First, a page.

The poor in spirit have arrived at the point in life were they know they have nothing and can do nothing in themselves, to rise above the condition they are in, and have need of all things. Poverty of spirit is a consciousness of their emptiness, the result of the Spirit’s work within. All their righteousness is as filthy rags, their best deeds are unacceptable, an abomination to God. Poverty of spirit brings us to our knees before God, acknowledging our utter helplessness and deserving the judgments of God. It corresponds to the initial awakening of the prodigal in the far country. Poverty in spirit is realizing God’s great salvation is free, “without money and without price,” the most merciful provision of God’s grace. If God put a for sale tag on His grace and salvation no sinner could purchase them because he has nothing with which he could possibly purchase them. Most people don’t understand it is the Holy Spirit who opens the eyes of the sin blinded. It is those who have passed from death unto life who become conscious of their spiritual poverty, take the place of beggars and are glad to receive Divine charity, and begin to seek the true riches. Poverty of spirit is the realization of our utter worthlessness which precedes the laying hold of Christ. It is the Spirit emptying the heart of self that Jesus may fill it: it is a sense of need and destitution. The one who is poor in spirit is nothing in his own eyes, and feels that his proper place is in the dust before God. He may, through false teaching or worldliness, leave this place, but God knows how to bring him back; and in His faithfulness and love He will do it because this is the place of blessing for His children.

It is the spiritual poor and not the financial poor who are pronounced “blessed.” The poor in spirit are blessed because they have a disposition the opposite of what was theirs by nature. They are blessed because they have in themselves the evidence that a Divine work of grace has been wrought in their heart. They are blessed because they are heirs of the kingdom of heaven in the present and in the hereafter.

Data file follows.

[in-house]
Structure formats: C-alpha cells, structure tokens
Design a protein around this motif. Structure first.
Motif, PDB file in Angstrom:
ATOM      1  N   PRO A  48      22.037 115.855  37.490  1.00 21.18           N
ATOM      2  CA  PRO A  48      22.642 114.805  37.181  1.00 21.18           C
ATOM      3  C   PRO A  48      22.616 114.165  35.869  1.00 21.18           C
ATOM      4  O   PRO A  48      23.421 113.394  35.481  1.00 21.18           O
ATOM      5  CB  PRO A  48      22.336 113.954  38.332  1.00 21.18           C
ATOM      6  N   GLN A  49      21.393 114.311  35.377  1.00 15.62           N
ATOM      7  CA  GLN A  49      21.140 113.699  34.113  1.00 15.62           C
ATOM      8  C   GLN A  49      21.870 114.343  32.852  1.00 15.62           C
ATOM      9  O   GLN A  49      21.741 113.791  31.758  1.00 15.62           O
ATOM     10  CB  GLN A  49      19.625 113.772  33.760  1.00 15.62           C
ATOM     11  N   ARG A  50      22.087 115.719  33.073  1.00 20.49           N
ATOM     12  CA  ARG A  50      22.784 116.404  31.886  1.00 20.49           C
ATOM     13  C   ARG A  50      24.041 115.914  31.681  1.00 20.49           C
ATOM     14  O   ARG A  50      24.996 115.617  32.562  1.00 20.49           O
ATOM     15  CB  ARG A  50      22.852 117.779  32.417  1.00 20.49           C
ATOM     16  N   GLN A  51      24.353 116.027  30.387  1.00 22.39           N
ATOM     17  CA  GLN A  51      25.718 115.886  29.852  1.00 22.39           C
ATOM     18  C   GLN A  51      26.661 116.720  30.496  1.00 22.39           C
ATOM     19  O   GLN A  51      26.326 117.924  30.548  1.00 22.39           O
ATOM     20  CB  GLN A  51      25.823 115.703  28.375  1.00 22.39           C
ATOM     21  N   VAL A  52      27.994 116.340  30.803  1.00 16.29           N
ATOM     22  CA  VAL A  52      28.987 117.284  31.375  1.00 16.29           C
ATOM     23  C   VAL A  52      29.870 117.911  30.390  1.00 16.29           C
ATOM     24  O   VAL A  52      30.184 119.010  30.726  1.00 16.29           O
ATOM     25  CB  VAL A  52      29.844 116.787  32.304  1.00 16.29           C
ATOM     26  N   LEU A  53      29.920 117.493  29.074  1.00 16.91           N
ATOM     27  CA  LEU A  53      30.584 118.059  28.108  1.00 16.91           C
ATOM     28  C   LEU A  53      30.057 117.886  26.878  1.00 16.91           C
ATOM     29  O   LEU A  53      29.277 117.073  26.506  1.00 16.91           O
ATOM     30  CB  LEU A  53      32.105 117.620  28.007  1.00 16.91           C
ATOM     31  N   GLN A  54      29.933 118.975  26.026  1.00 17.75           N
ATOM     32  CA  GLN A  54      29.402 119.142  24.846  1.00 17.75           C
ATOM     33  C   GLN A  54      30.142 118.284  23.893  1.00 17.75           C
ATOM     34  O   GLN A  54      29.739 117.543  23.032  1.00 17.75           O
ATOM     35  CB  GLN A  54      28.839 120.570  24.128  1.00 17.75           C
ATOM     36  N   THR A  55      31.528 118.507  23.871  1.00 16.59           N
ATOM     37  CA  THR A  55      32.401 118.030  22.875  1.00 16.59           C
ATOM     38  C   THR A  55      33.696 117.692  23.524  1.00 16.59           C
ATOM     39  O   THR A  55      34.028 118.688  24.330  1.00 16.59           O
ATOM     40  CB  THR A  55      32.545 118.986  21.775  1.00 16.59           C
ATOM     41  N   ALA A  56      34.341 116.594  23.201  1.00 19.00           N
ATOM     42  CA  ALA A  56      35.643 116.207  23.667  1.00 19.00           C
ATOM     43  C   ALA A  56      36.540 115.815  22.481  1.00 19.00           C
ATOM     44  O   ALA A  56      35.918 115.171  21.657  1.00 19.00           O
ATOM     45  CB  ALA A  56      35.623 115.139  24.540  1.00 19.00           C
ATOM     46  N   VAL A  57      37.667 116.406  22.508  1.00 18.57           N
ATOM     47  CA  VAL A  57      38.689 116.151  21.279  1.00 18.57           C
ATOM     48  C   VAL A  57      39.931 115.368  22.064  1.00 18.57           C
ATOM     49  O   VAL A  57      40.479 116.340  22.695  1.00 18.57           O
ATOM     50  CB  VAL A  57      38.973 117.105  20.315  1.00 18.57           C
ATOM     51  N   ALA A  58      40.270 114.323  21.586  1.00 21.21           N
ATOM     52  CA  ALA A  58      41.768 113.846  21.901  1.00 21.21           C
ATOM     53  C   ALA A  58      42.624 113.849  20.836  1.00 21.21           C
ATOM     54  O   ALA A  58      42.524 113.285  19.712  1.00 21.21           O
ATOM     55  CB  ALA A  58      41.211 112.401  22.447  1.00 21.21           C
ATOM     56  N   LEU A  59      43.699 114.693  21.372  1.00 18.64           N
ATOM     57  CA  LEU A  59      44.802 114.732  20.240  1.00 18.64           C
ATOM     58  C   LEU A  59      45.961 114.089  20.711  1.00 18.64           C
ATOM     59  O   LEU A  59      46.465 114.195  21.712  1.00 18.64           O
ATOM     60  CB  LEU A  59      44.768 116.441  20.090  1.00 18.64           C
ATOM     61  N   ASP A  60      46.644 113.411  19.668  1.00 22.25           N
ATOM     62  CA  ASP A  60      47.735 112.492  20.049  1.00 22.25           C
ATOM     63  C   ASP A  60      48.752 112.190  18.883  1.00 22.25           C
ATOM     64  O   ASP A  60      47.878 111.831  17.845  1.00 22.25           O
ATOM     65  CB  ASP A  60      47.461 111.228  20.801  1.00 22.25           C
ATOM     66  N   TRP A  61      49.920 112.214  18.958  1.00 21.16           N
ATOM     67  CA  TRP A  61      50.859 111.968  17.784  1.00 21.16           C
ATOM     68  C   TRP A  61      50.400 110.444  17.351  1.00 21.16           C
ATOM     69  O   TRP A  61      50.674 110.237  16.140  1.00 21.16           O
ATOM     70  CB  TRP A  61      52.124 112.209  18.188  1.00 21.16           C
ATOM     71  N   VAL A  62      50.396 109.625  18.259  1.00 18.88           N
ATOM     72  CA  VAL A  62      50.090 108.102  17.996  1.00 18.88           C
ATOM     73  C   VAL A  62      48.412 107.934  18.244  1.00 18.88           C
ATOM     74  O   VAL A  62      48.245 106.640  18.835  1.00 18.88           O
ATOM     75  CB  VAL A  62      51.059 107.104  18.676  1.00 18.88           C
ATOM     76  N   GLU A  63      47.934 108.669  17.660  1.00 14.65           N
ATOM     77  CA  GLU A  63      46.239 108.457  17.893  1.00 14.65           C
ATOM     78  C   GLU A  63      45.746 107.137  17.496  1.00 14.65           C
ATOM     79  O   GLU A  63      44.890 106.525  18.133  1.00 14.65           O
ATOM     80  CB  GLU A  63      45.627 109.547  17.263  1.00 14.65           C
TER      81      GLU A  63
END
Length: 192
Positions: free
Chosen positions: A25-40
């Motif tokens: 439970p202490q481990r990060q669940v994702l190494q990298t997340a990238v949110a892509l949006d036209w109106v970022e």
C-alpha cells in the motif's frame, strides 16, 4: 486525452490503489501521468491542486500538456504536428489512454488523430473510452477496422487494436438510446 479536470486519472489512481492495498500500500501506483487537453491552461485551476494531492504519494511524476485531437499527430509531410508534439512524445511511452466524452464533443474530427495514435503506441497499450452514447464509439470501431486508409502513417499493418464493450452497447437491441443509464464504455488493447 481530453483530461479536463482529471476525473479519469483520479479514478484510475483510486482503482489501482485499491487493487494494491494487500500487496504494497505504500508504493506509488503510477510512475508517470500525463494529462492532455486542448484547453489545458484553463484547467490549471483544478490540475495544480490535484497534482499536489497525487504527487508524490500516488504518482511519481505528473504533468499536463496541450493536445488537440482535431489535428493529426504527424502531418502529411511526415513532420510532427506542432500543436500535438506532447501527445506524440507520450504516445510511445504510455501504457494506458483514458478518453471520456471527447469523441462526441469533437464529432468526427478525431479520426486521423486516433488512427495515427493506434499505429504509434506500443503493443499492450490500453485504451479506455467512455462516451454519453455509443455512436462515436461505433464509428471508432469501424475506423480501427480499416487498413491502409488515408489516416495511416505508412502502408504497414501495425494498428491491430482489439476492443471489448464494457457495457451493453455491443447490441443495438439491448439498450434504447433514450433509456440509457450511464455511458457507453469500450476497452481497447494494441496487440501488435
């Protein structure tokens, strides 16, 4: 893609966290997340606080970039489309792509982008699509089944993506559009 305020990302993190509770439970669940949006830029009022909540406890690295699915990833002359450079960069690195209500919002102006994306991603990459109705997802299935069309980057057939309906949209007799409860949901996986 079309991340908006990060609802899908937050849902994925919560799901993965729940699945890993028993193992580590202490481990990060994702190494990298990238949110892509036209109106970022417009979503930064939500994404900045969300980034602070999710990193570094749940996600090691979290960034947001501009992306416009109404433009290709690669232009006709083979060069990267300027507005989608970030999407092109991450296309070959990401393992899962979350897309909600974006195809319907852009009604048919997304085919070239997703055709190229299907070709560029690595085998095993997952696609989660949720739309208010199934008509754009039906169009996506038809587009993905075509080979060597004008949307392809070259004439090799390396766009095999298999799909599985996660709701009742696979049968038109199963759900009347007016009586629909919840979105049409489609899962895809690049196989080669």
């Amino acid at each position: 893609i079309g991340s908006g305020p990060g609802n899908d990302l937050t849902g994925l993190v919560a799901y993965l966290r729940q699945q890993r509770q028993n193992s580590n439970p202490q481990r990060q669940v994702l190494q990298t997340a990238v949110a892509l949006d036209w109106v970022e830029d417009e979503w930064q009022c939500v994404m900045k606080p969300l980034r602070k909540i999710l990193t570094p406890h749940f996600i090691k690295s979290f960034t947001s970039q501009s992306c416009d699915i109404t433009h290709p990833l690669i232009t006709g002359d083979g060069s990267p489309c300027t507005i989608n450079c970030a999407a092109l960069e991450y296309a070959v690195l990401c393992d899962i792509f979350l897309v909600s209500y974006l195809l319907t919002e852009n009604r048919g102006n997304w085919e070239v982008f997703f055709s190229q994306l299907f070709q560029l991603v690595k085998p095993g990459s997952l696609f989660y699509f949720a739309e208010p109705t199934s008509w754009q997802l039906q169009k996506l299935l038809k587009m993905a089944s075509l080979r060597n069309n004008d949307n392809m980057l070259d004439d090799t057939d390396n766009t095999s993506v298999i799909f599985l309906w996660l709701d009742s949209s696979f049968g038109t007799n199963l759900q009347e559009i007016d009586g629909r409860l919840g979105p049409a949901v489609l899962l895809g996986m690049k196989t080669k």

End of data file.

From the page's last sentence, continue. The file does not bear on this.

Second: There are those who mourn.

Mourning is hateful and irksome to the human nature. Jesus said the blessed are those who mourn. If they mourn, how can they be blessed? It is totally contrary with the world’s logic. Men have, in all places and in all ages, deemed the prosperous to be the blessed but Jesus pronounces blessed those who are poor in spirit and who mourn.

Mourning is hateful and irksome to the human nature. Jesus said the blessed are those who mourn. If they mourn, how can they be blessed? Mourning is totally contrary with the world’s definition of blessed. Men have always claimed the prosperous to be the blessed but Jesus said the blessed are those who are poor in spirit and who mourn. Who is right?

It is obvious that it is not every form of mourning Jesus is referring to. There are thousands of mourners in the world who do not come within the scope of this verse. The “mourning” Jesus is referring to is a spiritual one. The previous verse indicates clearly the line of thought here: “Blessed are the poor in spirit, for theirs is the kingdom of heaven.” “Blessed are the poor,” not the financially poor, but the poor in heart: those who realize they are spiritual bankrupt the opposite of the Laodicean who says, “I am rich, and increased with goods, and have need of nothing.” Jesus is referring to a spiritual mourning. Further proof of this is found in the fact that Jesus pronounces these mourners “blessed.” They are blessed because the Spirit of God has wrought a work of grace within them, and they have been awakened to see and feel their lost condition. They are “blessed” because God does not leave them at that point, “they shall be comforted.” The mourning Jesus is referring to is the initial mourning which precedes a genuine conversion.

There must be a real sense of sin and a godly sorrow before the remedy for it will even be desired. Thousands acknowledge that they are sinners, who have never mourned over the fact. The prodigal in Luke 15 before he left the far country said, “I will arise and go to my Father and say to Him, Father, I have sinned against heaven, and before you, and am no more worthy to be called your son.” The publican of Luke 18 “smite upon his breast” and said “God be merciful to me a sinner”? The prodigal and publican felt a sense of sin in their heart. The mourning Jesus is referring to springs from a sense of sin, from a tender conscience, from a broken heart. It is a godly sorrow over rebellion against God and hostility to His will. In some cases it is grief over the worldly things the heart has trusted, over the self-righteousness which has caused complacency. It comes from an agonizing realization that it was our sins that nailed Jesus to the cross. It is these tears and groans which prepare the heart to truly welcome and receive the Savior. It is mourning over the felt destitution of our spiritual state, and over the iniquities that have separated us and God. Such mourning always goes side by side with poverty of spirit.